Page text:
Marvels of Modern Technology

I have never considered myself a technologically savvy person.  Checking email on my phone was about as exciting as I got. Any questions requiring additional understanding of the way technology worked were deferred to my infinitely more knowledgeable computer science major friends.

But, having been gone for close to four months now, I’m beginning to sing the praises of modern technology. Email and Facebook have helped me keep in touch with family and friends at home. I’ve been able to contact professors with things that I’ve encountered that I’ve had questions about. Skype has given me the wonderful gift of seeing my mom, dad and brother every weekend I’ve been in Peru. Don’t get me wrong, I’ve loved traveling and exploring and seeing new places. But, it sure is nice to see a familiar (albeit slightly pixilated) face and hear a familiar voice. And, technology isn’t just for the selective few anymore. On the bus ride this morning, I saw a woman, dressed in traditional Quechua attire, chatting on her cell phone. (How she was able to hear over the din of an overcrowded bus, the two boxes of live chickens at the front, and the yells of which stops were coming up, I’m not sure, but hey she was still talking on a cell phone!) In some of the poorest neighborhoods I saw in Tanzania, there were internet cafes, where for a few shillings, you could spend an hour googling to your heart’s content.

Don’t get me wrong. I don’t think that just because a few people have cell phones the countries I’m visiting are rapidly developing. For every person I see texting away, there are likely ten or more families without electricity in their homes, let alone a computer or phone. The important thing to me though, is that slowly but surely technology is making its way here. And that progress, slow as it may be, means that more and more information is becoming readily available to people from all walks of life. Sure, you have to take what’s put on the internet with a grain of salt, but it still represents a chance to learn about the world outside your city block.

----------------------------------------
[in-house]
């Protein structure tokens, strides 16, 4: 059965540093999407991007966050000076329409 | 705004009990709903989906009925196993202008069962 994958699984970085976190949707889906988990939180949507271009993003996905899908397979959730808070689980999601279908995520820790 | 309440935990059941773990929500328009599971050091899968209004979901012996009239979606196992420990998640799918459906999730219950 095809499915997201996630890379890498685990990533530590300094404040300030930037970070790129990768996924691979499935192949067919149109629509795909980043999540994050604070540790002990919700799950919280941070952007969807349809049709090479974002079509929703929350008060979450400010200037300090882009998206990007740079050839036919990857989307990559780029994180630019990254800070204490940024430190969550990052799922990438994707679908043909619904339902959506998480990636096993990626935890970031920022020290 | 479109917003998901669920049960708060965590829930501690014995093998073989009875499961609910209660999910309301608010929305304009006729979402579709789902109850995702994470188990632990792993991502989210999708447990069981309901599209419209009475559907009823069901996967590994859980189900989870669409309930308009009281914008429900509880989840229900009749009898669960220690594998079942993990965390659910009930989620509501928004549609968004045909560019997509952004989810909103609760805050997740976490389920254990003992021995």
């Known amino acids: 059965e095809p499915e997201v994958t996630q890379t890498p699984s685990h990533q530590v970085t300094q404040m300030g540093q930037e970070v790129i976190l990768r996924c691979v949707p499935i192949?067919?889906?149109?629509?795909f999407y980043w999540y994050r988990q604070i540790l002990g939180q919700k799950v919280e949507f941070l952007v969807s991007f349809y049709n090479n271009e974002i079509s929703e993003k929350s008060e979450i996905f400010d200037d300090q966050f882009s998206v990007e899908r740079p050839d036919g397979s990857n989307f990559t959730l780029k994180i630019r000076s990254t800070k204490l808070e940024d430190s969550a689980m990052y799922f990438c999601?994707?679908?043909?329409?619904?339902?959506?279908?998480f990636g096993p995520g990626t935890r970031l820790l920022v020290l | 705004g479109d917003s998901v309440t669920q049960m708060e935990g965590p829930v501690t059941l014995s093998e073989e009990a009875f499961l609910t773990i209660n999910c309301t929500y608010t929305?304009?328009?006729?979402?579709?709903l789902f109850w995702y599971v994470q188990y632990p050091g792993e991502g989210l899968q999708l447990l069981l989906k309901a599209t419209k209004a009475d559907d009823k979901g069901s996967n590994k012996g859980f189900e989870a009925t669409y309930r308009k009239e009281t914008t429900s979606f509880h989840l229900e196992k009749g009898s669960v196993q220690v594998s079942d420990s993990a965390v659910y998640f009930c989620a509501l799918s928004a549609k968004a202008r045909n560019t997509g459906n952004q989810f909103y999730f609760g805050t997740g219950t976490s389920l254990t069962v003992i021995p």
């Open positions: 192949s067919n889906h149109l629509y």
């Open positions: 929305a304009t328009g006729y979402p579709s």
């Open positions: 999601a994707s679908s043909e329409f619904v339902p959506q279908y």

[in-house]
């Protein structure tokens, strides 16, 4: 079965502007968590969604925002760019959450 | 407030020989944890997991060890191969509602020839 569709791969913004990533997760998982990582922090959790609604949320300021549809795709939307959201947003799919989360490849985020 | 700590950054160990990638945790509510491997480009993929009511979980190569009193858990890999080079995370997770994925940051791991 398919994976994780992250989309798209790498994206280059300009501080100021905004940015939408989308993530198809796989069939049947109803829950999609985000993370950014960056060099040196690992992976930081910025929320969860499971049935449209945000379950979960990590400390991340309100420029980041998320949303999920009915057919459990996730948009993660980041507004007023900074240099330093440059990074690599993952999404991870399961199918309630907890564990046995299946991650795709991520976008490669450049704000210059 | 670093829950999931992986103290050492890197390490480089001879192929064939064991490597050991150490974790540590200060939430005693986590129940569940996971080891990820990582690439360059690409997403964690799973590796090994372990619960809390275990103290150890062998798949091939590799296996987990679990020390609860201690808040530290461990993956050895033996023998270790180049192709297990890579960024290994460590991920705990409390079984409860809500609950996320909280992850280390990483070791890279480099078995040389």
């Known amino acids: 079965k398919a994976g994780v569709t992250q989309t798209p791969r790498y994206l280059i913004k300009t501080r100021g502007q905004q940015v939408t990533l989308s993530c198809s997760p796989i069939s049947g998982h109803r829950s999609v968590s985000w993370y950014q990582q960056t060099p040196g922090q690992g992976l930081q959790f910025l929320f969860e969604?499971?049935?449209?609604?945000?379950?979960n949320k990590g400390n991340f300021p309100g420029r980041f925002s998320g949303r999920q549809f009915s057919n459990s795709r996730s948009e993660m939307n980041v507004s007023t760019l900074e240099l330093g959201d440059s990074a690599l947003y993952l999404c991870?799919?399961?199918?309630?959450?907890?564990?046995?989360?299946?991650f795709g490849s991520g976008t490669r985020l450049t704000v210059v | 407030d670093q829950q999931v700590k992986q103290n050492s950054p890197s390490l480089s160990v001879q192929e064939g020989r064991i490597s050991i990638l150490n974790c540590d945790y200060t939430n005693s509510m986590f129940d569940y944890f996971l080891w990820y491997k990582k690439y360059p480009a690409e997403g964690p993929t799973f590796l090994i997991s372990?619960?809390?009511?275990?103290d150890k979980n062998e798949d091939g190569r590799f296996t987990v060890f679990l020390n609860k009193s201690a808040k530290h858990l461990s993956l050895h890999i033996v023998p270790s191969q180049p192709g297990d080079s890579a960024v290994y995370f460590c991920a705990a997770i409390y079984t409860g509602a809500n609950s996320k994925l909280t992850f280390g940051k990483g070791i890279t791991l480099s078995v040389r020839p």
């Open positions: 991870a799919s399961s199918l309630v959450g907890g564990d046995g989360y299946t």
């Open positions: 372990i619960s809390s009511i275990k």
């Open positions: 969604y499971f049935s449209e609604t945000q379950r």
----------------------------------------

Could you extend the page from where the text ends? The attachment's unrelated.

To me, there is tremendous power in that possibility. So many of the kids I’ve worked with over the last month and a half have no idea about the world outside their village in Peru. They don’t realize that there are other kinds of food or ways to dress or languages to speak. In my opinion, that lack of knowledge makes them more vulnerable to abuse.  How could you know that being physically or sexually abused is not acceptable, if your neighbors live in abusive relationships, as do most of the members of your extended family?  I’m certainly not saying that giving these kids internet access would eradicate sexual abuse in Huánuco, Peru. I’m simply suggesting that access to information is a powerful thing.

And, it’s not just the developing world that has something to gain from access to technology. Americans have a lot to learn as well. We have a responsibility to know what’s going on outside our borders. We need to know how other people live, what they believe and why they think the way they do. That doesn’t mean we have to change a fundamental belief we have, it just means we need to be aware that not everyone lives the way they do. And, the more we know about other people (and what influences how they think) the better we’ll be able to work with others.

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